A string of murders shakes the Camino de Santiago in the early sixteenth century. And to clarify them, the researcher and author of ‘La Celestina’, Fernando de Rojas, mixes with the pilgrims while investigating the crimes with the help of Elías do Cebreiro, clergyman and archivist of the Cathedral of Santiago. This is the argument of ‘The mud manuscript’ (Espasa), the last historical novel truffled with a crime novel (or the other way around) by Luis García Jambrina (Zamora, 1960), who with this new fiction (the fifth in the series that began in 2008 with the award-winning ‘The stone manuscript’) immerses the reader in the mysteries and legends of the ancient pilgrimage route.
-What was the Camino in the 16th century like?
-At that time, the Camino had been filled with rogues, beggars and criminals of all kinds, which caused the pilgrims themselves to decrease.
-In 2015, an American pilgrim was murdered near Astorga. That episode filled the pilgrimage route with fear, as happens in his book..
– I remember it very well and I had it very present when I wrote the novel. As far as I know, the murderer was quickly arrested, but released for lack of evidence, until he made a mistake.
-In a passage in your book a character says: “Bad times are coming for pilgrimages.” Five centuries later, covid through, has hit the nail on the head …
-I am very sorry to have thrown that bad omen. In any case, there were much worse times for the Camino, to the point that it almost disappeared, since there were very few who made the pilgrimage. In the end the pilgrims pass and the Camino remains.
-In this Holy Year, the Camino, which had to be filled with pilgrims, is going to be very affected by the pandemic …
-When the pandemic ends, there will be a great desire and need to go on pilgrimage; the safest thing is that there are so many that all the forecasts are exceeded.
-What moves people to pilgrimage?
-Life is a pilgrimage. Apparently, the reasons that lead people to pilgrimage are very different, but deep down everyone is driven by the need to test and find themselves. It is a path of knowledge and self-discovery.
-Does the Camino transform people?
-The one who returns from doing the Camino is not the same as the one who started it in his day. It is another, I do not know if better or worse, but different. He returns reborn after a symbolic death.
– Would you say that the Camino is a sort of Ithaca in which the important thing is the journey and not so much the final destination of embracing the saint?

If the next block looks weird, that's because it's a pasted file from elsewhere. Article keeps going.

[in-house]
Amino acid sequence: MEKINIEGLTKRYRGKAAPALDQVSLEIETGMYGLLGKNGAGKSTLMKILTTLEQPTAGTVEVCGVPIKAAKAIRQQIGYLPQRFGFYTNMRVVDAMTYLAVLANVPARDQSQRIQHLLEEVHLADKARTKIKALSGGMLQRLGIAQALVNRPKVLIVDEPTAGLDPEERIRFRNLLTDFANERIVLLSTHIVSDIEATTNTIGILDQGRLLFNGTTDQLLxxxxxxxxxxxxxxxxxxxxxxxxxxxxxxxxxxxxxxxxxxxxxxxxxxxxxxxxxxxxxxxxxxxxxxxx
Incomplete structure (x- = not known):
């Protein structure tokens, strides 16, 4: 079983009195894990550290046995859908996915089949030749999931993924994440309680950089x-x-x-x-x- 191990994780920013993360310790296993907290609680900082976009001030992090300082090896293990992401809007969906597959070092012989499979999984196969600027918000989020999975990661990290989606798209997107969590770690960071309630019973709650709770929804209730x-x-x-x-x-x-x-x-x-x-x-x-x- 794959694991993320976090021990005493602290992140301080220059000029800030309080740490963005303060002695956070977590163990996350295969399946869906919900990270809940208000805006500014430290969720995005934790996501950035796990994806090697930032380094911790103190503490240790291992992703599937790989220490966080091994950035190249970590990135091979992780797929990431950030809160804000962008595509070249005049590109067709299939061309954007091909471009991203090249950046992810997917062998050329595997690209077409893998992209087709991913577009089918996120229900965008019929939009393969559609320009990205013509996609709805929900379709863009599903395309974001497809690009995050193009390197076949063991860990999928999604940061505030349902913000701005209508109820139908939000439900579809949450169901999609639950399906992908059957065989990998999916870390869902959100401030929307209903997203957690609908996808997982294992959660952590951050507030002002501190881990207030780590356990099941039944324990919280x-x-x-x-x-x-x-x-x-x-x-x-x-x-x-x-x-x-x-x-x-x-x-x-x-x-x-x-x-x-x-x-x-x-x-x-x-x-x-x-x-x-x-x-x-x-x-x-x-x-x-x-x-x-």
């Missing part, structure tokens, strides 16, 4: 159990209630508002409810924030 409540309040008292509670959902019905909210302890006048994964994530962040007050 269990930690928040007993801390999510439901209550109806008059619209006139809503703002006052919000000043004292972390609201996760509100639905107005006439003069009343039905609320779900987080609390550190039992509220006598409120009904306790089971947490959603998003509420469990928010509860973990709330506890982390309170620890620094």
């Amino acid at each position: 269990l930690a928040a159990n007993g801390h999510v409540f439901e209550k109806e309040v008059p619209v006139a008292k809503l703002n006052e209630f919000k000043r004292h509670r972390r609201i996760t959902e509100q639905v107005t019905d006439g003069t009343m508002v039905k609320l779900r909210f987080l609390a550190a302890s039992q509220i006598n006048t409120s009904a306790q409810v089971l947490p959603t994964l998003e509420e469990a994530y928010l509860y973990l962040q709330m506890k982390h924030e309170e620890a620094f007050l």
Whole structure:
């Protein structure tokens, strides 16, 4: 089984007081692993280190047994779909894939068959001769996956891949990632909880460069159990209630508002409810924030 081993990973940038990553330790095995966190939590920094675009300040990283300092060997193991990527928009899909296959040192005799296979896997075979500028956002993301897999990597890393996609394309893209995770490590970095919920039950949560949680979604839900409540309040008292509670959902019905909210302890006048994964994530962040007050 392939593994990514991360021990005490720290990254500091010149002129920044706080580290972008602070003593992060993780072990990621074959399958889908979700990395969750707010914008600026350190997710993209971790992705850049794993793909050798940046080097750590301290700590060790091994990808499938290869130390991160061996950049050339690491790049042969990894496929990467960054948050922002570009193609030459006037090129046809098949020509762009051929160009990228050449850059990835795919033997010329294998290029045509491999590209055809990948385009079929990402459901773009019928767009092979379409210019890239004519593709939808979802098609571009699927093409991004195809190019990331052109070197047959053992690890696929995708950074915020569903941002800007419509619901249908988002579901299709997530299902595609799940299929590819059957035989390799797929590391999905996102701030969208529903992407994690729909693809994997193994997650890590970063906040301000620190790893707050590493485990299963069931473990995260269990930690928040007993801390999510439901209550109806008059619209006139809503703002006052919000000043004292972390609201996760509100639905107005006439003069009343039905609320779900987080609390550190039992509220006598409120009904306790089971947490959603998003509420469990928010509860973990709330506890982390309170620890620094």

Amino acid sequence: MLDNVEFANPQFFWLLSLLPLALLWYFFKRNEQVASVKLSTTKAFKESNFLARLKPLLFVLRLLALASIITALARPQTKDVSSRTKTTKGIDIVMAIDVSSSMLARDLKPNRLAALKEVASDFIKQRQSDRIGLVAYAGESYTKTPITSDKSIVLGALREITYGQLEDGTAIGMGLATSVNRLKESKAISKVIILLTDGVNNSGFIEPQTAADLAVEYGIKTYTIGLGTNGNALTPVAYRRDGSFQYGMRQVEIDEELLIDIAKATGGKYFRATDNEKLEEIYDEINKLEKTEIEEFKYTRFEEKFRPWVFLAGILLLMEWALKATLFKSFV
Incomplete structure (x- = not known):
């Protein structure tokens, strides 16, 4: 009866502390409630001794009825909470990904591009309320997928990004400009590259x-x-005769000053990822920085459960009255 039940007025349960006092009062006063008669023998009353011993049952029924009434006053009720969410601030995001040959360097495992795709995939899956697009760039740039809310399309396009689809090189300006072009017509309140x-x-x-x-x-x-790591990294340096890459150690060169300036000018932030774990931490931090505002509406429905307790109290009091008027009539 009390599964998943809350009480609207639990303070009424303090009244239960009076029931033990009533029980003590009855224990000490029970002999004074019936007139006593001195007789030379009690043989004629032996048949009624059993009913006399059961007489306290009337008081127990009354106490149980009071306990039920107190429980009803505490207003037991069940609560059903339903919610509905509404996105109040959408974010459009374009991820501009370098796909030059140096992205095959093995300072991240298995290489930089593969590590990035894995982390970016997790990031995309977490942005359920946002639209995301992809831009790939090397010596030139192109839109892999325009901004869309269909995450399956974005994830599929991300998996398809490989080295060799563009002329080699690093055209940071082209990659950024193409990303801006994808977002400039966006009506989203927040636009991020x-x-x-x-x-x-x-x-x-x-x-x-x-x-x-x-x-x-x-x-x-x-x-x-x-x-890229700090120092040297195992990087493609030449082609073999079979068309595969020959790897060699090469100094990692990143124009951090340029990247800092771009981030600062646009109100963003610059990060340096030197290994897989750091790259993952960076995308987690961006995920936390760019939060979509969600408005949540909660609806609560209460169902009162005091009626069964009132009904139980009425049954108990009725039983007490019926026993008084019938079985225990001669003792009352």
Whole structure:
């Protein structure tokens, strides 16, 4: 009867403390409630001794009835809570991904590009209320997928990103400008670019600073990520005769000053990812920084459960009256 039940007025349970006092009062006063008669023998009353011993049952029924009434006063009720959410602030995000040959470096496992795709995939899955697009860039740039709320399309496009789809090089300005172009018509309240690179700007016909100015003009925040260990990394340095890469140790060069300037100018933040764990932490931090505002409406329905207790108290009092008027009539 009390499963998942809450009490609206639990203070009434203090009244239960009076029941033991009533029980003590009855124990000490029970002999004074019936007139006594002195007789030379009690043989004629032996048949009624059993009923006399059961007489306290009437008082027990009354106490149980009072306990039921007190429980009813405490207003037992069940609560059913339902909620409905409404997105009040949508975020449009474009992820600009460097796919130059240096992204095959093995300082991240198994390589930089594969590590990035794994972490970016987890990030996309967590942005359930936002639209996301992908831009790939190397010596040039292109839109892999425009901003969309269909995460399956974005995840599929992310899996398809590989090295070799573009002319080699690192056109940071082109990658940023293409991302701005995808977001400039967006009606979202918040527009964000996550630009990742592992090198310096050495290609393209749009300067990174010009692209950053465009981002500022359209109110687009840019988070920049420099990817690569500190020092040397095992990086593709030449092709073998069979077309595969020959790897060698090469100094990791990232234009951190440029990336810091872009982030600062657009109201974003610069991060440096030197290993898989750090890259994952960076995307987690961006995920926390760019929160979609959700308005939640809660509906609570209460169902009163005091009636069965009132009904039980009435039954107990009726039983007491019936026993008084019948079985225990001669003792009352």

-As Kavafis points out in his poem, the important thing is not the goal, but the path, which must be made long and rich in experiences and adventures. The thing about the tomb of Santiago is nothing more than a pretext, an excuse. In fact, the Way where it really ends is in Finisterre, at the end of the known world.
-Why is it still such a powerful source of inspiration?
-It is a very fruitful and exciting life experience, a concept in which all facets of life intersect: of course, the religious, the spiritual and the sacred, but also culture, politics and the economy. The Way is a bridge to the sacred in an increasingly profane world.
-Do you think the route is still wrapped in a halo of mystery that makes it more attractive?
-It is a route that goes from East to West, following the Milky Way, a propitious space for legends, the extraordinary and the supernatural. Walking at night under a starry sky or through a lush and shady forest is something that still imposes.
– What are the temptations of the pilgrim of the XXI?
-For many, the Way more than perfection is one of perdition, and, rather than doing penance for their sins, what they are looking for are new opportunities to sin. But it can also be an antidote to lust, because you get so tired that there is no desire for anything.
-In past centuries, most of them made the Way to atone for sins, would you recommend the Jacobean route to atone for something?
-To expiate xenophobia, intolerance and stupidity. Very diverse people meet, ideas and experiences are shared.
-Tell me any anecdote you know about the Camino?
-I live near the Salamanca pilgrim hostel and once I met a very old pilgrim who told me that she was doing the Camino with her husband. “What is it, is it lost?” I joked. The woman explained to me that she was carrying her husband’s ashes in her backpack, as she had promised to throw them into the sea when he arrived in Finisterre.